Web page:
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  • Writer's pictureDavid Connolly

Brexit is Reigniting Tensions in Northern Ireland

It's been over two decades since the signing of the Good Friday Agreement ended the violent conflict in Northern Ireland known euphemistically as “the troubles.” But earlier this year the country saw some of the worst unrest in recent years, with rioting spreading to multiple towns and cities across the country.

One of the driving forces behind the violence is Northern Ireland's post Brexit relationship with the EU. On leaving Europe it was agreed that no land border for goods or people would be placed between Northern Ireland, part of the UK and the Republic of Ireland, an EU member— as cooperation between the two nations was a big part of what ended 30 years of conflict in 1998.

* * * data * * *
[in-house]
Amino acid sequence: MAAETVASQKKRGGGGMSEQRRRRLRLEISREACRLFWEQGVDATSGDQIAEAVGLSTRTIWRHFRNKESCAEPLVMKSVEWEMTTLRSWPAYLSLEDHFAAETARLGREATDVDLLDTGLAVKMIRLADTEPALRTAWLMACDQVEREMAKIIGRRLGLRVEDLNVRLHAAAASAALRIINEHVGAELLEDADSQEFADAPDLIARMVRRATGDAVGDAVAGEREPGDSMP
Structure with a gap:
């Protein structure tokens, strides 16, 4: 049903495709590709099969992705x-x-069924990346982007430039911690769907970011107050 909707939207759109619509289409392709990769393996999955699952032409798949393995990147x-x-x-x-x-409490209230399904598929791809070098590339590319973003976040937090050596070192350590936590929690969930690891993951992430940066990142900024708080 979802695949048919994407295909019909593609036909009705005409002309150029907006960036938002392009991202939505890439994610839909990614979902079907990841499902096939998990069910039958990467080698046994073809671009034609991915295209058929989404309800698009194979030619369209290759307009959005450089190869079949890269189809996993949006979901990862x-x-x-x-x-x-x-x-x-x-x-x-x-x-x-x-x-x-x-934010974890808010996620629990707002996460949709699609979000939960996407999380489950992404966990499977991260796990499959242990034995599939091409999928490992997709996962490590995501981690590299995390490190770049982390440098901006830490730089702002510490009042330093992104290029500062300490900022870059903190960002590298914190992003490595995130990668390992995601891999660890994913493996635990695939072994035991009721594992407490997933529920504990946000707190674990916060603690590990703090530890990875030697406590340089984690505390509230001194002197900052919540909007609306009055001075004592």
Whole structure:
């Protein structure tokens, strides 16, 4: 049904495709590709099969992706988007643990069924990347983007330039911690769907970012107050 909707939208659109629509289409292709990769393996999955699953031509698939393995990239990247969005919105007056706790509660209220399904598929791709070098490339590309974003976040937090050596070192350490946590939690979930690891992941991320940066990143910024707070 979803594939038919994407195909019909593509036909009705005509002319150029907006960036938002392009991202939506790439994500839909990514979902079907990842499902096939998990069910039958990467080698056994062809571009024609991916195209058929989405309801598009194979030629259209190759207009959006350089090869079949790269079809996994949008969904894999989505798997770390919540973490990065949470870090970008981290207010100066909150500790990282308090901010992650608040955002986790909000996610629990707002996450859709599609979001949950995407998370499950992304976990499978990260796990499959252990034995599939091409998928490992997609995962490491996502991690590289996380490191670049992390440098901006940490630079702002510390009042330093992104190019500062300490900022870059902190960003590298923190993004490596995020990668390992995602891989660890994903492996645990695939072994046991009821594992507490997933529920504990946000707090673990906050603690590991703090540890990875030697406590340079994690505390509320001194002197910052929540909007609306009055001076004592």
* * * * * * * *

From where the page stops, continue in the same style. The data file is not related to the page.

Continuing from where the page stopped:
But the decision to avoid a border on the island of Ireland has resulted in a de facto sea border for goods being placed between Northern Ireland and the rest of the UK. This is something many in Northern Ireland's Protestant Unionist community believe is a threat to their identity and their country's future as part of the UK.

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